Aspen Brewing Company was not too loud last summer. Yesterday six jurors found the micro brewery not guilty of breaking Aspen’s noise ordinance. The decision comes amid ongoing friction between businesses on Restaurant Row and the owners of two penthouses right in the core.
“How many of you go to bars in the downtown core?”
That's one of the questions Debbie Quinn asked potential jurors. She's Assistant City Attorney for Aspen and had to convince the jury that Aspen Brewing Company was illegally loud on three occasions last summer. The first witness on the stand is central to the dispute. Natalia Shvachko and her husband own two penthouses right next to the Aspen Brewing Company.
Natalia Shvachko: “Because of the music they played, and they didn’t close doors, they didn’t try to mitigate noise. And I talk to somebody and explain I have little child, I go to bed at nine o'clock, she goes to bed at eight o'clock, and we cannot afford not to sleep days after days.”
Reporter: Shvachko and her husband called in around thirty noise complaints during the summer alone. Shvachko is a Ukrainian national and was Miss Ukraine in 1996; she’s been in court before, when she was sued over the estate of a previous husband. As for her life here in Aspen, Ms. Shvachko moved into her family’s downtown penthouses a little more than a year ago. During Wednesday’s trial, she described remodeling windows and doors to make them more noise proof. Yet every time a band played at the Brewing Company this summer, Shvachko said it was so loud in the penthouse it felt like the party was in her living room. A policeman later testified that when he arrived on the scene he could feel the base thumping in his body. The officer used a hand-held decibel meter to measure the noise level. The brewery’s attorney, Lucas Van Arsdale, questioned how accurate that was, and asked an expert witness to the stand.
Lucas Van Arsdale: “Mr. Sidoti, what is your current profession?”
Salvatore Sidoti: “I am the audio engineer at Belly Up Aspen.”
Reporter: Salvatore Sidoti came to Aspen from The House of Blues in Cleveland—and at the Belly Up he measures sound for a living. Sound is calculated by decibels-- a normal conversation between two people measures about sixty decibels. Sidoti had a decibel meter with him in the courtroom.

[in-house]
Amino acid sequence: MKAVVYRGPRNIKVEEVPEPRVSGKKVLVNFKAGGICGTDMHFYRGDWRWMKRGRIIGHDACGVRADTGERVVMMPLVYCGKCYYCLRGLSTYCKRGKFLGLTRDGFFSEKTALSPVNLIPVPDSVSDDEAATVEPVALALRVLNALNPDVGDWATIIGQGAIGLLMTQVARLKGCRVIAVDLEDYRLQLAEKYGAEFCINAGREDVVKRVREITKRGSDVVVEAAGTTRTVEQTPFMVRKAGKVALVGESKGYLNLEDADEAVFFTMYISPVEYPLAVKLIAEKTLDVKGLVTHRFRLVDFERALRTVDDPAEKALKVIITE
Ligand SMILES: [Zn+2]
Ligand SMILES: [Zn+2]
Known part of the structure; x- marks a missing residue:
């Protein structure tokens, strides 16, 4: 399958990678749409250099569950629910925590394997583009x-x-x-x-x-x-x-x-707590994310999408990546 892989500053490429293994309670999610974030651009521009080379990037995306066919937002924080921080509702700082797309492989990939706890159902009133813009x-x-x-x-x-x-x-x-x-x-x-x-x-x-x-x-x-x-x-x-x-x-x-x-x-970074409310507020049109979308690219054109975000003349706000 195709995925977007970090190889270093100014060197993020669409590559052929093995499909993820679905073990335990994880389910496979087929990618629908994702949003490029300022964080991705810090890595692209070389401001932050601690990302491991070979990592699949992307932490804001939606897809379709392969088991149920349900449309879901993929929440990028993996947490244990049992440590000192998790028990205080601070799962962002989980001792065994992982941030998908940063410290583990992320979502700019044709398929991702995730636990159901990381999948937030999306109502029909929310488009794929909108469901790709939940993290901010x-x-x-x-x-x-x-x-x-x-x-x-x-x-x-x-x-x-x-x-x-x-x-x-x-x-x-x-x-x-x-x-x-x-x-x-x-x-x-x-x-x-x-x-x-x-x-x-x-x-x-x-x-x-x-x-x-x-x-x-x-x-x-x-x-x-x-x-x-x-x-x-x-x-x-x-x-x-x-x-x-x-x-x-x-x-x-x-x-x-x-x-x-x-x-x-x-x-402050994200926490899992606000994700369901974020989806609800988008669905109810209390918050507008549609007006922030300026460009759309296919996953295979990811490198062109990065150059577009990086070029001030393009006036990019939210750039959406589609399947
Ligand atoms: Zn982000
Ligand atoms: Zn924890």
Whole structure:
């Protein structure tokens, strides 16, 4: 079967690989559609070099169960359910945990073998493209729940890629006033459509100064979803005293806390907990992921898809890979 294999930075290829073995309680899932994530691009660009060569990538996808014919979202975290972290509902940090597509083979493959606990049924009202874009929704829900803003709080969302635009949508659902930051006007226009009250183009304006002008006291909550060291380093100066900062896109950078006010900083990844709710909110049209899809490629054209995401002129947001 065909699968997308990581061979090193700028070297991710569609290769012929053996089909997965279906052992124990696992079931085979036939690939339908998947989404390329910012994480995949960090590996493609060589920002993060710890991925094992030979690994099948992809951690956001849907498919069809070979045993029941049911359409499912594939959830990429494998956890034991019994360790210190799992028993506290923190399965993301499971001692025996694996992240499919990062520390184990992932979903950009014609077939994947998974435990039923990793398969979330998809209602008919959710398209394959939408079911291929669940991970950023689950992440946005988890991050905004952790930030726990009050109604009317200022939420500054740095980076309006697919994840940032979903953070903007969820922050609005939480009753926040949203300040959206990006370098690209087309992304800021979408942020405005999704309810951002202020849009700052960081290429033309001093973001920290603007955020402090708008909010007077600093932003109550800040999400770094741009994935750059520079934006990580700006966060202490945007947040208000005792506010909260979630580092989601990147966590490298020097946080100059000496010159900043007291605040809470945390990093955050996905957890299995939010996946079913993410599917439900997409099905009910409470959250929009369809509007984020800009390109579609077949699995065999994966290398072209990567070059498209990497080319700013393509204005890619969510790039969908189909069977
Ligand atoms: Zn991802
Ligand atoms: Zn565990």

Van Arsdale: “Now, if you’re on restaurant row with decibel meter, how would you isolate one source of noise, to determine what level of noise that source is emitting at your location?”
Sidoti: “Uh, you cannot isolate all the noise sources out. If I have this pointed at you, and you’re speaking, it’s not going to change if I have it pointed over here, it’s gonna be the same.”
In other words, it’s not clear whether the noise readings taken by police during the complaint were the exact sounds coming from the Aspen Brewing Company… or a combination of all the sound from restaurant row. In the end, the jury wasn’t convinced the micro brewery had broken the noise limit downtown. They found the company not guilty on all counts. CJ Oliver is director of the city of Aspen’s Environmental Health department, and is responsible for enforcement of the noise ordinance. He testified as to the accuracy of the city’s measurements. After the verdict Oliver says his office respects the jury’s decision.
Oliver: “We’ll be taking general noise issues and the structure of our current noise ordinance in front of City Council in the upcoming months. The jury helped us to understand what the community feels like is reasonable.”
Reporter: And Oliver’s office might recommend City Council change the ordinance to allow more noise along Restaurant Row. Duncan Clauss owns the Aspen Brewing Company.
Duncan Clauss: “Very happy we were acquitted on all counts. Yeah, I guess I’m just relieved, and happy.
Next on the agenda, was getting a beer.